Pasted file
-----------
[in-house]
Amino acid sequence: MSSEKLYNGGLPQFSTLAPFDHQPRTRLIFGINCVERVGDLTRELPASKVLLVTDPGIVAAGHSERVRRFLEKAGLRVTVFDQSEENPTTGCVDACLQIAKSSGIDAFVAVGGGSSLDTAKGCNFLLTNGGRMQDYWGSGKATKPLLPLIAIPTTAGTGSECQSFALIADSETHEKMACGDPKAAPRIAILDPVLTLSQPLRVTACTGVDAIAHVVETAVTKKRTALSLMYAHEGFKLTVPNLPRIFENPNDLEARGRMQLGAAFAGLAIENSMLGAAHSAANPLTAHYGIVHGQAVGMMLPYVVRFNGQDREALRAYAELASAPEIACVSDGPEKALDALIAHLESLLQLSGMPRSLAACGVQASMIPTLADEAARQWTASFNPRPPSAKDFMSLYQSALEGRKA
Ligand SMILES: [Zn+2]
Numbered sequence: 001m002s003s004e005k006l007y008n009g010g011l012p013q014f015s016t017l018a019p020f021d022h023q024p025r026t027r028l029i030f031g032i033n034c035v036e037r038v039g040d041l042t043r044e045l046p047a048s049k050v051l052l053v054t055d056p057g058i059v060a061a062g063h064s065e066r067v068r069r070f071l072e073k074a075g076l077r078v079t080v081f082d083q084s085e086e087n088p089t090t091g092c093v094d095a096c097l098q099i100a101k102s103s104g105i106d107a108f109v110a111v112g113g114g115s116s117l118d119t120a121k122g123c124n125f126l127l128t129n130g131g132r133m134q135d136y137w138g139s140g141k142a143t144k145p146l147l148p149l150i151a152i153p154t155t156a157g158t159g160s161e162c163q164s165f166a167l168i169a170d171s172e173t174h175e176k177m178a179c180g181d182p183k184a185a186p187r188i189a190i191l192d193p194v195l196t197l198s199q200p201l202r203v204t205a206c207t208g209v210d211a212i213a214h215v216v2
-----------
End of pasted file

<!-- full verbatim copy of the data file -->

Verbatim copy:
[in-house]
Amino acid sequence: MSSEKLYNGGLPQFSTLAPFDHQPRTRLIFGINCVERVGDLTRELPASKVLLVTDPGIVAAGHSERVRRFLEKAGLRVTVFDQSEENPTTGCVDACLQIAKSSGIDAFVAVGGGSSLDTAKGCNFLLTNGGRMQDYWGSGKATKPLLPLIAIPTTAGTGSECQSFALIADSETHEKMACGDPKAAPRIAILDPVLTLSQPLRVTACTGVDAIAHVVETAVTKKRTALSLMYAHEGFKLTVPNLPRIFENPNDLEARGRMQLGAAFAGLAIENSMLGAAHSAANPLTAHYGIVHGQAVGMMLPYVVRFNGQDREALRAYAELASAPEIACVSDGPEKALDALIAHLESLLQLSGMPRSLAACGVQASMIPTLADEAARQWTASFNPRPPSAKDFMSLYQSALEGRKA
Ligand SMILES: [Zn+2]
Numbered sequence: 001m002s003s004e005k006l007y008n009g010g011l012p013q014f015s016t017l018a019p020f021d022h023q024p025r026t027r028l029i030f031g032i033n034c035v036e037r038v039g040d041l042t043r044e045l046p047a048s049k050v051l052l053v054t055d056p057g058i059v060a061a062g063h064s065e066r067v068r069r070f071l072e073k074a075g076l077r078v079t080v081f082d083q084s085e086e087n088p089t090t091g092c093v094d095a096c097l098q099i100a101k102s103s104g105i106d107a108f109v110a111v112g113g114g115s116s117l118d119t120a121k122g123c124n125f126l127l128t129n130g131g132r133m134q135d136y137w138g139s140g141k142a143t144k145p146l147l148p149l150i151a152i153p154t155t156a157g158t159g160s161e162c163q164s165f166a167l168i169a170d171s172e173t174h175e176k177m178a179c180g181d182p183k184a185a186p187r188i189a190i191l192d193p194v195l196t197l198s199q200p201l202r203v204t205a206c207t208g209v210d211a212i213a214h215v216v2